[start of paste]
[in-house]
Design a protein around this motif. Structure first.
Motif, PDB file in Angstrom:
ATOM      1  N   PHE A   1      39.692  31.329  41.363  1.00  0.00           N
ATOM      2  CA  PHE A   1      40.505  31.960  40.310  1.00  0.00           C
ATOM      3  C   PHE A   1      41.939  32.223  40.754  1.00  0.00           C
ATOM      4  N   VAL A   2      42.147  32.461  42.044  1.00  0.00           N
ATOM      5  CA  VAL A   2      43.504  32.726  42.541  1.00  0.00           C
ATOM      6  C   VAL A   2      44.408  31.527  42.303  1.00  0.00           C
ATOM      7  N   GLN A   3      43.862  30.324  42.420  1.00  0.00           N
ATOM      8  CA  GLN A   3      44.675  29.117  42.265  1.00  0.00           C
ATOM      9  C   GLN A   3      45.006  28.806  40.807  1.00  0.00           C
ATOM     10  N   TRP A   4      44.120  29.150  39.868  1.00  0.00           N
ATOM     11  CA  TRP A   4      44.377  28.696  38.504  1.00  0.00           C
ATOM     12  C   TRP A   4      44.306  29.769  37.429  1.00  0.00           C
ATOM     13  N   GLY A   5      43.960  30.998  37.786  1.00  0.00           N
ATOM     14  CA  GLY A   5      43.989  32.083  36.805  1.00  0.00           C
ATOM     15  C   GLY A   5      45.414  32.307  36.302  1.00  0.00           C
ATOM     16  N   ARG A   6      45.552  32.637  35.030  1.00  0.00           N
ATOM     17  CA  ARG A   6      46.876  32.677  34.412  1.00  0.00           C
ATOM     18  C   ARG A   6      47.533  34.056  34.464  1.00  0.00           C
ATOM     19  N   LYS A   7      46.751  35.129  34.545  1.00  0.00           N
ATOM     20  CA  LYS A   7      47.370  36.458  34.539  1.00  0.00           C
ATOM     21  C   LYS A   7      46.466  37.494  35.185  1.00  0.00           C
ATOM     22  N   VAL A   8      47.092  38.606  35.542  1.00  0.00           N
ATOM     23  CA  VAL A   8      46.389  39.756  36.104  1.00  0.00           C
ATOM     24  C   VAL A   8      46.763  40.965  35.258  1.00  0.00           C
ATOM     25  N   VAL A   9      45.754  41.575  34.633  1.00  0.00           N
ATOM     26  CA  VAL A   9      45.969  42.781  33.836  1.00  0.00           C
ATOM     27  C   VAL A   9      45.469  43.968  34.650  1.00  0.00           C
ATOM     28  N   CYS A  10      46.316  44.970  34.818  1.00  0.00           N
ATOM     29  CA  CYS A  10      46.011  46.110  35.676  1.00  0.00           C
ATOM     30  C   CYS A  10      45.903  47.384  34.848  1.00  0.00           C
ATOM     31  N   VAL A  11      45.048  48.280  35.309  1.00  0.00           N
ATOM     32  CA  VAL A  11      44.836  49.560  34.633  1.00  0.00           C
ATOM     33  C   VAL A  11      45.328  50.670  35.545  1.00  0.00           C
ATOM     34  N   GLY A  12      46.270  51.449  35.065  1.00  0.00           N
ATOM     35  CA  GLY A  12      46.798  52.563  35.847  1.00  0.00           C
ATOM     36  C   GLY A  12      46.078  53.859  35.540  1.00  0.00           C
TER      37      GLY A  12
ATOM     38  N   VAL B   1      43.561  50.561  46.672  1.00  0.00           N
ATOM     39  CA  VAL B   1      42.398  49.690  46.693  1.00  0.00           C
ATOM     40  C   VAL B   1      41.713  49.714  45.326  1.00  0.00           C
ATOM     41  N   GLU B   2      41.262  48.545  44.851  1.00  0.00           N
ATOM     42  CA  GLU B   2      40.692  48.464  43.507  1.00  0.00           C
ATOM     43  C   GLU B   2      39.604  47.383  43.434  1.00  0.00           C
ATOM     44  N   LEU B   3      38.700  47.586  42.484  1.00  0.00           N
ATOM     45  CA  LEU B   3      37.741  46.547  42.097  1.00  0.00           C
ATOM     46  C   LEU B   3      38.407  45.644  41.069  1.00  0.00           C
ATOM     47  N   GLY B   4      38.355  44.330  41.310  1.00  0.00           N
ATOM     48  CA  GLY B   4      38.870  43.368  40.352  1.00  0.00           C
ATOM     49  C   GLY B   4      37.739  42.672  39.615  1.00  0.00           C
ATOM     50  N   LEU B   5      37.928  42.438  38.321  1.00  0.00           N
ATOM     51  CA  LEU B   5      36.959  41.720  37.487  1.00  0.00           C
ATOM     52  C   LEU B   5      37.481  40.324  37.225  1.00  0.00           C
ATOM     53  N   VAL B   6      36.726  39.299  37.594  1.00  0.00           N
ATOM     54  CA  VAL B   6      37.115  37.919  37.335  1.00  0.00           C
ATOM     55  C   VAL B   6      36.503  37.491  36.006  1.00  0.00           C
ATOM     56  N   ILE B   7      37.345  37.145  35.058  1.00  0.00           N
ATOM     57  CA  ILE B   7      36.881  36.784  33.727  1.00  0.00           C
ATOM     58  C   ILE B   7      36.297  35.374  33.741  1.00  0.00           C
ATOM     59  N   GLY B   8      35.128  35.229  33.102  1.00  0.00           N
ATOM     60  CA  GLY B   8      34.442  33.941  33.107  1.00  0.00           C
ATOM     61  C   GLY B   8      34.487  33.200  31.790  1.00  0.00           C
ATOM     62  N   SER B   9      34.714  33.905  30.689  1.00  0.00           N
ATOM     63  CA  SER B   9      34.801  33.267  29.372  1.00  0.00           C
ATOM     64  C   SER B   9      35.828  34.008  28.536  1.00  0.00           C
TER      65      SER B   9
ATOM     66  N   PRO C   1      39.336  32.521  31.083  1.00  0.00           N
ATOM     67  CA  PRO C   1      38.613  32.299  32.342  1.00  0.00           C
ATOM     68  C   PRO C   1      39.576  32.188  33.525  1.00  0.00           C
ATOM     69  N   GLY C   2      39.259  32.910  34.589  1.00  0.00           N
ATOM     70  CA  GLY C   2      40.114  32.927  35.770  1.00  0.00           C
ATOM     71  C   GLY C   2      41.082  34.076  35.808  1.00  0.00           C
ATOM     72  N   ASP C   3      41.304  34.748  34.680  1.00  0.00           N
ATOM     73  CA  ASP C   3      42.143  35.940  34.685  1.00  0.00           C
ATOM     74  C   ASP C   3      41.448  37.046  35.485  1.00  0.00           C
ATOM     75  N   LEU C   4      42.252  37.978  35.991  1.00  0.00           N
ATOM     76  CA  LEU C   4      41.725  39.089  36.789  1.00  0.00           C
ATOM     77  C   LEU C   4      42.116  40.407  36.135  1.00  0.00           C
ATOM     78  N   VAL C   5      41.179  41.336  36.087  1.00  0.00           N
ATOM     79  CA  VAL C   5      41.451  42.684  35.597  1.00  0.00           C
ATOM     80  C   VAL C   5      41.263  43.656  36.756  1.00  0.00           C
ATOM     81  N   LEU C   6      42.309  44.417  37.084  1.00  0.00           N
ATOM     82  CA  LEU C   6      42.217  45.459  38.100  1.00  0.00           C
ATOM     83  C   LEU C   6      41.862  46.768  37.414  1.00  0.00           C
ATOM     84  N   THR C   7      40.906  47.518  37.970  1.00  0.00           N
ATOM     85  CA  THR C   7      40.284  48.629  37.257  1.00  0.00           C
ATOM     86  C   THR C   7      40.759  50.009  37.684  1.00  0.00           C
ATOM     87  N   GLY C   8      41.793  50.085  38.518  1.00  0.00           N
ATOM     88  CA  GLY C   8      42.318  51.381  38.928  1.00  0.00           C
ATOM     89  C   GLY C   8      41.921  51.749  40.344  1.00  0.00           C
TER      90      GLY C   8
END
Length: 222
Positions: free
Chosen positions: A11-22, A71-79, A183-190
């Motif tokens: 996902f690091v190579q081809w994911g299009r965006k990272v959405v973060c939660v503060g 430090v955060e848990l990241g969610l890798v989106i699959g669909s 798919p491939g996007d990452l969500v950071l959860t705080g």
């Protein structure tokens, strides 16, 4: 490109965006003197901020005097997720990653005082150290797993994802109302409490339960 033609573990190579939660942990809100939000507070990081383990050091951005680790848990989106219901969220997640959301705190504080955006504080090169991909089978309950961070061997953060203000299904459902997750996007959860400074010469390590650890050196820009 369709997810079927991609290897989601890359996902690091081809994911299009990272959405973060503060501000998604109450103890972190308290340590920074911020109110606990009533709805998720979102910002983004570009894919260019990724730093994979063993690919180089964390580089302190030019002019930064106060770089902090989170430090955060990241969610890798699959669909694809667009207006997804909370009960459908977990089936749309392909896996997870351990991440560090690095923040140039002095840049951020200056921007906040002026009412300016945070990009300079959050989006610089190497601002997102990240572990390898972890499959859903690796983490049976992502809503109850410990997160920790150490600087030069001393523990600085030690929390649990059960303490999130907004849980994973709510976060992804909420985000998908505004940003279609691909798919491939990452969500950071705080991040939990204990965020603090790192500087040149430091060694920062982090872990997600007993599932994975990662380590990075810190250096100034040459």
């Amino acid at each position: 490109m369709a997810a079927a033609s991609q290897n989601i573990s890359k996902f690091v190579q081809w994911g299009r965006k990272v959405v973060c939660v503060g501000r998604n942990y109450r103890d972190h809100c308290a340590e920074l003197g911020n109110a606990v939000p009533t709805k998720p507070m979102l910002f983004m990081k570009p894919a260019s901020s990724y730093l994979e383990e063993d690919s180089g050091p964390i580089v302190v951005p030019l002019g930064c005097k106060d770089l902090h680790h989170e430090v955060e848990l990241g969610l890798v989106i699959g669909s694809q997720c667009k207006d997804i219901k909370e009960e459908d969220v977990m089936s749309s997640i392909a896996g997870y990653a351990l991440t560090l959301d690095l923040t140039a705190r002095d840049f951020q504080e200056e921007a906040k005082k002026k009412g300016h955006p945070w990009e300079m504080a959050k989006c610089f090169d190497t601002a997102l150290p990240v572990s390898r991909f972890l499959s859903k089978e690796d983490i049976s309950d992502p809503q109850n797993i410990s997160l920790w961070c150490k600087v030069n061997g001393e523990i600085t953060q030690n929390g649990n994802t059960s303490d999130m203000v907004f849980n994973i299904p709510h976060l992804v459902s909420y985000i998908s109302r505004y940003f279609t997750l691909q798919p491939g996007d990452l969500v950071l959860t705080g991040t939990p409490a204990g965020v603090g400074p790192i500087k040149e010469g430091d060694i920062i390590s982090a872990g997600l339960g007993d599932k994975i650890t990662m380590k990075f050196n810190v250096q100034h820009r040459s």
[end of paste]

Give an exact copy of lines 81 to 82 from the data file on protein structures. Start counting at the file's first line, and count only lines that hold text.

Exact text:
ATOM     78  N   VAL C   5      41.179  41.336  36.087  1.00  0.00           N
ATOM     79  CA  VAL C   5      41.451  42.684  35.597  1.00  0.00           C